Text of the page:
- The Washington Times - Saturday, February 10, 2007


By Barrett Tillman

Palgrave Macmillan, $21.95, 224 pages


Legend has it that Gen. Curtis E. LeMay once stood under a B-36 Peacemaker, lit cigar in hand.

When a subordinate warned him that the bomber might catch fire and explode, LeMay replied: “It wouldn’t dare.”

LeMay, the man the Japanese called, understandably, Kikhiku Rumei —monster — has suffered a caveman’s caricature. That depiction — largely disseminated through the writings of the late I.F. Stone — was a convenient mechanism for compartmentalizing the general, distinguishing his macabre Cold War reality from that of polished intellectual elites exemplified by Kennedy’s Whiz Kids.

On the silver screen, George C. Scott seared an image of Patton into the public consciousness with his dramatic Oscar-winning portrayal of the fiery four-star, but Scott relied on parody in depicting LeMay as Gen. Buck Turgidson in the 1964 classic “Dr. Strangelove.”

Satire was easier than confronting the grim world LeMay waged war in, a world Barrett Tillman explores in his recent biography of the general, a man he argues was one of “two commanders most responsible for defeating the Japanese empire.”

On March 9, 1945 LeMay wagered his military career on a single incendiary bombing raid comprised of a fleet of B-29s flying below 10,000 feet under the cover of darkness. Hours later, one-sixth of Tokyo was reduced to ash along with 100,000 of its residents. More incendiary raids followed at Yokohama, Toyama, Nagoya and Osaka, as city after city burned to the ground inflicting an appalling number of civilian casualties —all before the use of nuclear weapons.

Mr. Tillman’s narrative contains some illuminating vignettes — LeMay’s enthrallment with airplanes from an early age in Ohio, his self-taught navigational expertise, his instrumental role and foresight in orchestrating the Berlin airlift of 1948 and a passion for flying that never died. The reader meets a man whose innovativeness and pursuit of maximum efficiency was only matched by his legendary gruffness.

Always the tactician, he honored his then-fiancee Helen’s request to shave his mustache for their 1934 wedding — it was a “good idea to let them [brides] have obvious victories every now and then,” he said. “Helps the morale.” (Well, that does sound a bit like Buck Turgidson.)

Regardless, morale was something LeMay understood better than most. Revolutionizing America’s Strategic Air Command in the early Cold War began with changes in airmen’s living standards. Improved food, recreational activities including on-base racing, piloting lessons for non-aviators and custom car garages helped transform sac’s culture from the ground up. In retirement, he and his wife dedicated themselves to establishing communities for Air Force widows.

But Tillman’s depictions of LeMay the man, not the general, are few and far between (perhaps an unfair criticism, given the book is part of the Great Generals Series). Mr. Tillman fails to connect the reader with his subject on a personal level, at times over-relying on a dry chronology and modern-day comparisons.

At one point, Mr. Tillman compares LeMay’s early Cold War attitudes to the current administration’s approach to Iraq: “While Saddam’s ability to produce nuclear bombs was not a genuine concern after 1991, the perception that he could employ chemical or biological weapons spurred the American invasion in 2003,” he writes. Tidbits like these add little to our understanding of LeMay and obfuscate his advocacy of preemptive war against what he saw as a threatening Soviet Union with the Bush administration’s preventative war of 2003.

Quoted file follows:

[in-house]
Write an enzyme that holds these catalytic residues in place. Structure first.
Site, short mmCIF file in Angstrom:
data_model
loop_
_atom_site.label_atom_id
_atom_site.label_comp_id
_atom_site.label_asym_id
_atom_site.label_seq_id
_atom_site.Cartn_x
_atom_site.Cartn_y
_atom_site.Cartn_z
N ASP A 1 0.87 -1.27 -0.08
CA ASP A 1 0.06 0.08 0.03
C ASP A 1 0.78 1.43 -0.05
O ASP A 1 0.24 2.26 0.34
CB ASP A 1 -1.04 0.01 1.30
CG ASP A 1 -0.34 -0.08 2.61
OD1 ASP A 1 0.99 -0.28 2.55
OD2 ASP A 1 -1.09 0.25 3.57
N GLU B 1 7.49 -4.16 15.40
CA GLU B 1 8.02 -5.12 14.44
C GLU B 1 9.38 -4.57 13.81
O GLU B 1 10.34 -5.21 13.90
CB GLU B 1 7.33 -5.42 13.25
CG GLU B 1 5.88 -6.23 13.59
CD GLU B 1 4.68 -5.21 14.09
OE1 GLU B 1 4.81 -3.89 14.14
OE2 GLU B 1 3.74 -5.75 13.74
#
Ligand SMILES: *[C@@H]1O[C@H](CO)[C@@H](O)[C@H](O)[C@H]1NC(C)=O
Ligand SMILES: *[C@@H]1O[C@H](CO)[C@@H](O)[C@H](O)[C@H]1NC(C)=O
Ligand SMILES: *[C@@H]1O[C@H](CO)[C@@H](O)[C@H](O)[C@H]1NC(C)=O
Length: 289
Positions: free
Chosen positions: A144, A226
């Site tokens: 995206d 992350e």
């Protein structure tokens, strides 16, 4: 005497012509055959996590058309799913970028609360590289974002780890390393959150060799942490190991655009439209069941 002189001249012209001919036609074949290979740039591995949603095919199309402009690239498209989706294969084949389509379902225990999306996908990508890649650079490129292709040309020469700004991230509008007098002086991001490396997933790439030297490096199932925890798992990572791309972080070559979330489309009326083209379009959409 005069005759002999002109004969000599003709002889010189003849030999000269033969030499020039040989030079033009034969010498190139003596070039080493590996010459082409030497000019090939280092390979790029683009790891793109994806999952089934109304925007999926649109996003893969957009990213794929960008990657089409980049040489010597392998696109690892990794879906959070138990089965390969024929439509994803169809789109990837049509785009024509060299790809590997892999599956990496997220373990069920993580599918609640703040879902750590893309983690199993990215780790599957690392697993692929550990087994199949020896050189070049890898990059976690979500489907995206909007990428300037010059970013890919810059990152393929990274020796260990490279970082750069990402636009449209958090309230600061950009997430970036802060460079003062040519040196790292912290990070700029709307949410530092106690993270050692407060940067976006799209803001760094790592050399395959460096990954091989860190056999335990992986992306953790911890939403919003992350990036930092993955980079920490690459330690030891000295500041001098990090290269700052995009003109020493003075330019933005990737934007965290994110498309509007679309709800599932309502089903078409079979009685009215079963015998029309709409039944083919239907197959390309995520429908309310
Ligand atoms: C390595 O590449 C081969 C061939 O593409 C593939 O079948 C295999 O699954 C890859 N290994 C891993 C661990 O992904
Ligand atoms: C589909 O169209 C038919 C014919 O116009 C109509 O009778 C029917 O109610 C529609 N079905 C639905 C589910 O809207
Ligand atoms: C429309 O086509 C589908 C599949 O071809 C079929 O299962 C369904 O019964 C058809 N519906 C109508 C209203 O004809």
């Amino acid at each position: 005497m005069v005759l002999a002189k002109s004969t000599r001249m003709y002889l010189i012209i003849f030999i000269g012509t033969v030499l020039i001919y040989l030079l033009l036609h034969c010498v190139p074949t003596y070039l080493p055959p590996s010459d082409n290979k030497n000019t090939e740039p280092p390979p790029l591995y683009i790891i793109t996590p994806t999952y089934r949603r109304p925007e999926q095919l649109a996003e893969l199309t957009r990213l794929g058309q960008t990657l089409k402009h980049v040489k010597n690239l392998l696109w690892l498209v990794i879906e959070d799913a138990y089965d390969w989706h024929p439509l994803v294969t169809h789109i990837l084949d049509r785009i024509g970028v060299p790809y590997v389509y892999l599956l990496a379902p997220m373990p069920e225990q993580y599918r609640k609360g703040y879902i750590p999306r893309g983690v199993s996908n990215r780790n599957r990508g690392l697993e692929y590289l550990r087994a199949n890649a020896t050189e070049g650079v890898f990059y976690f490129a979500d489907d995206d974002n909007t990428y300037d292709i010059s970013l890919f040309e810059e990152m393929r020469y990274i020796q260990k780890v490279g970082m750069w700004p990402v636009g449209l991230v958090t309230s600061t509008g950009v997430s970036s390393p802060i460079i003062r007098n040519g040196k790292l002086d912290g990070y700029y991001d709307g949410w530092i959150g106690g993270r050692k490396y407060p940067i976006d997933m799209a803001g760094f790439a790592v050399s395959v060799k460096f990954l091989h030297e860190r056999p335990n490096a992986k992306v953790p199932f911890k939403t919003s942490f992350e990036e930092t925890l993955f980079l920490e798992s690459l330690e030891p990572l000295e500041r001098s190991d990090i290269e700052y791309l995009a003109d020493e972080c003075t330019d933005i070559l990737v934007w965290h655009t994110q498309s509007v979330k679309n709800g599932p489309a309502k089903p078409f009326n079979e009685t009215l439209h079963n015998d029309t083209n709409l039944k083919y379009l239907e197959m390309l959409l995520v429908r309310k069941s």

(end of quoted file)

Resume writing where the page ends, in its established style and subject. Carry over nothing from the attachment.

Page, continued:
Furthermore, the honest debate about tactics, proportionality and acceptable means to our strategic ends — the debate LeMay lived for — is markedly absent in today’s discourse.

Perhaps Mr. Tillman’s challenge to profile such a guarded, curmudgeonly and professional soldier is insurmountable, but these devices are poor substitutes for a more thorough examination. We learn nothing of LeMay the husband or LeMay the father. The author briefly addresses LeMay as George Wallace’s running mate in 1968 and the attitudes of his subordinates and contemporaries are generally reserved for the final two chapters in a patchwork montage of his career.

Mr. Tillman also lauds LeMay’s grievances with John F. Kennedy’s Camelot, but does not address the potentially disastrous consequences of the general’s prescribed policies, especially in Cuba.

Despite its flaws, the highly readable “LeMay” does a great service to generations unfamiliar with the general’s story. World War II remains an American fixation 60 years after its end. Blockbusters like “Saving Private Ryan,” “Pearl Harbor” and “Flags of our Fathers” are recent manifestations of its grip on the American public. Popular renderings of history aside, studying LeMay and his role in America’s ascension to global leadership is more pertinent now than ever, and Mr. Tillman’s text is a good starting point.

Sean R. Singer is an apprentice editor at The National Interest.

Copyright © 2018 The Washington Times, LLC. Click here for reprint permission.

The Washington Times Comment Policy

The Washington Times is switching its third-party commenting system from Disqus to Spot.IM. You will need to either create an account with Spot.im or if you wish to use your Disqus account look under the Conversation for the link "Have a Disqus Account?". Please read our Comment Policy before commenting.


Click to Read More

Click to Hide